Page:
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Claire Landolt

designer profile

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Hollywood’s hey day provides much of her inspiration. The Roncalli Catholic High School senior is a fan of classic films. In fact, the silver screen precipitated her interest in fashion design: “I would watch older movies…from the 40s and 50s, and see things that I would love to wear and draw them in a notebook.”

 


 

At age twelve, she organized her first fashion show for a school talent show. Her involvement continued and lead to her participation in Omaha Fashion Week 2010, September 13-18.

Not surprisingly, Landolt is drawn to clothing that transcends time. She’s not one to follow fads and try the trends. Rather, she opts for classic pieces and silhouettes. “Clothing that accentuates the waist and bust creating a great silhouette,” is never out of style. She keeps her look fresh by playing with pattern: “I enjoy using prints and incorporating them with other prints and solids.” And forget casual Converse All-Stars or comfy, wooly Uggs; this busy teen prefers heels for her daily footwear.

Landolt has found a great deal of support in Omaha’s fashion industry. She approached Jessica Latham at Bellwether Boutique over a year ago to see if Latham was interested in selling her clothing in the Old Market store. The business relationship blossomed into a mentorship.

“Ever since then she has taken me under her wing and helped me get involved with Omaha Fashion Week,” says Landolt. One day Landolt hopes to own an inn, and Latham has schooled her on the fundamentals of owning and operating a business.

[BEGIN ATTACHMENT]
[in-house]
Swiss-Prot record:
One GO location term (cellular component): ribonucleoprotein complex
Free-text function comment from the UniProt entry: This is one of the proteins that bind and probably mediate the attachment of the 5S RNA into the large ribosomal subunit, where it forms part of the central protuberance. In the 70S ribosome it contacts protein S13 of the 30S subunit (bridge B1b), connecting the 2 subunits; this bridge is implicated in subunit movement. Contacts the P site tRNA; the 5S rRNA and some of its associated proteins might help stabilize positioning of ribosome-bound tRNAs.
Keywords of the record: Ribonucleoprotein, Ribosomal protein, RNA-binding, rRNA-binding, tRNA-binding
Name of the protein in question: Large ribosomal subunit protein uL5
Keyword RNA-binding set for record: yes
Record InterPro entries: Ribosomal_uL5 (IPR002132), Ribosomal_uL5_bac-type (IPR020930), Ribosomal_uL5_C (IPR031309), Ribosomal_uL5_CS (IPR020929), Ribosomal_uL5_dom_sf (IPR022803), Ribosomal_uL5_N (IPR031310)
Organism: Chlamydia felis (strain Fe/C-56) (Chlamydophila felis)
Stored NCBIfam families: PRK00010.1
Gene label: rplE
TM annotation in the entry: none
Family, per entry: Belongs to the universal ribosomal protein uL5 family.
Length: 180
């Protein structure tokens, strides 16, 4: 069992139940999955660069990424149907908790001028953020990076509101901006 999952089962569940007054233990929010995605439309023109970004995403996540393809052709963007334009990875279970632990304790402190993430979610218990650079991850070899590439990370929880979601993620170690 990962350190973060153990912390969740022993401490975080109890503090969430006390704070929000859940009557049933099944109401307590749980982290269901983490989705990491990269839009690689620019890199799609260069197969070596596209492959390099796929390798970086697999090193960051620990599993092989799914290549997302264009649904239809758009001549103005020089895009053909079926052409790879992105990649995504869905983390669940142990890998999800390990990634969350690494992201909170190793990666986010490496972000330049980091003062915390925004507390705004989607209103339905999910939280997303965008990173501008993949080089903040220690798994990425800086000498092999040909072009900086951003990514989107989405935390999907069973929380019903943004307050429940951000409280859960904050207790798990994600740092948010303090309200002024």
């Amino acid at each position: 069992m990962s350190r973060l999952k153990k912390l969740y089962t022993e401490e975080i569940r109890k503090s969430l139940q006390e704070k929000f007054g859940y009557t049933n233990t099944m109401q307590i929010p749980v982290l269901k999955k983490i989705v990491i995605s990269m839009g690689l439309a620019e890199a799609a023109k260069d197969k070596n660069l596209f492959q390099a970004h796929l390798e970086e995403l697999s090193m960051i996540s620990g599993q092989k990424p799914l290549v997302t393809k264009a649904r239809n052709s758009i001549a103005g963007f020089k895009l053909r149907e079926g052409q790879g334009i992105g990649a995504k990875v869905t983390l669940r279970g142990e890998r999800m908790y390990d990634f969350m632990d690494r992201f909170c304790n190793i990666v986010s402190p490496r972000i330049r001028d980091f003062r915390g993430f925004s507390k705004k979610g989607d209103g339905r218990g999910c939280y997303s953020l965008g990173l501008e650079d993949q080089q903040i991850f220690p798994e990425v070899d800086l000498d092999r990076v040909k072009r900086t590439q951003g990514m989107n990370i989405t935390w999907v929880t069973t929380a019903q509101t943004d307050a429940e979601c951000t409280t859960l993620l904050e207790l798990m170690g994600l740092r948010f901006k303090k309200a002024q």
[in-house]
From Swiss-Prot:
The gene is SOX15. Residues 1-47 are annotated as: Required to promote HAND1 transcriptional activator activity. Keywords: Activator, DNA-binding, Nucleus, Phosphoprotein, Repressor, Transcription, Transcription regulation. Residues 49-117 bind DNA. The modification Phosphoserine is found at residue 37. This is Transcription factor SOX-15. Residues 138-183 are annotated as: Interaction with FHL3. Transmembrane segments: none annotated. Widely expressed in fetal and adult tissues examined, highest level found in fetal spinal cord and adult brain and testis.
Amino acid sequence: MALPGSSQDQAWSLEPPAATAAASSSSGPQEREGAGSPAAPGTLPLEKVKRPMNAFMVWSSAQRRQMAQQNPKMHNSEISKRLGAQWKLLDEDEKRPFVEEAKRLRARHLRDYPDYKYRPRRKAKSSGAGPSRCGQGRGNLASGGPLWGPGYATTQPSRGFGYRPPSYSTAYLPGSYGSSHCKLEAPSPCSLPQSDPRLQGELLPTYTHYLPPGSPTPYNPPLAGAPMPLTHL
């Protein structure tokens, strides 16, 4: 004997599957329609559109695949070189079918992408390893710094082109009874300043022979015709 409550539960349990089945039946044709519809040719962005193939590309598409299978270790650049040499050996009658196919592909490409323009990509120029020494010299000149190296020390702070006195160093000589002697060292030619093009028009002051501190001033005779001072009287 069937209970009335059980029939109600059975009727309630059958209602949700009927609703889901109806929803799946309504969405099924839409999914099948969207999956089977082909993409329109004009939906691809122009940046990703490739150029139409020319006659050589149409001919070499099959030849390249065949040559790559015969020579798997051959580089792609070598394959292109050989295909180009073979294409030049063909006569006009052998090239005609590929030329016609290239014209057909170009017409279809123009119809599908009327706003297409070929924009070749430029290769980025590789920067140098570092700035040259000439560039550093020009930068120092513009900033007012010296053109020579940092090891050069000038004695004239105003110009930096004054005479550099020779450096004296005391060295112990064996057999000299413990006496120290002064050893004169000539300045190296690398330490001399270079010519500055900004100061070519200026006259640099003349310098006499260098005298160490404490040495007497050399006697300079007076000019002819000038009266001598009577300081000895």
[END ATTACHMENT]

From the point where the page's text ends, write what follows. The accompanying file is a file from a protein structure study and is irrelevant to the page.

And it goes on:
Her fall line is currently under construction. Landolt, who says history is one of her favorite subjects in school, is harkening further back than her beloved 1940s and 1950s. This fall she takes her inspiration from the Victorian period. Once again it is the silhouette that captures Landolt’s creative eye. The Victorian knew how to create a silhouette. Landolt’s fall line will incorporate classic Victorian features like bustles, corsets, and hoop skirts.

But it isn’t simply a rehashing of the old. Landolt’s creations will incorporate newspaper as well as fabric. “I enjoy using new and different materials. I have made garments out of many things, most notably newspaper, duct tape and aluminum cans. I work off the dress form. First I make a pattern with newspaper. Then I cut the pattern with fresh newspaper and coat the inside with duct tape. I then finish the edges with small strips of duct tape. Next I make the skirt which I put on the bodice one strip at a time. Finally I will put in the grommets,” illustrates Landolt. If the dress is primarily constructed from newspaper, it typically lasts for one show only. The more duct tape used in its design makes it more durable.

For Landolt, cut is the most important element of design. “If the cut doesn’t flatter the wearer, none of the other things matter. If the cut is right I believe the wearer could wear any kind of material.”

Landolt is honored to have been chosen to participate in Omaha Fashion Week. She believes the talent presented in the event runs deep and puts Omaha on the fashion map. “It is a great opportunity for the designers of Omaha to showcase their talents,” asserts Landolt. Being included in such company, much of it seasoned, is a boon for a designer like Landolt who is at the incipient stages of her fashion career.

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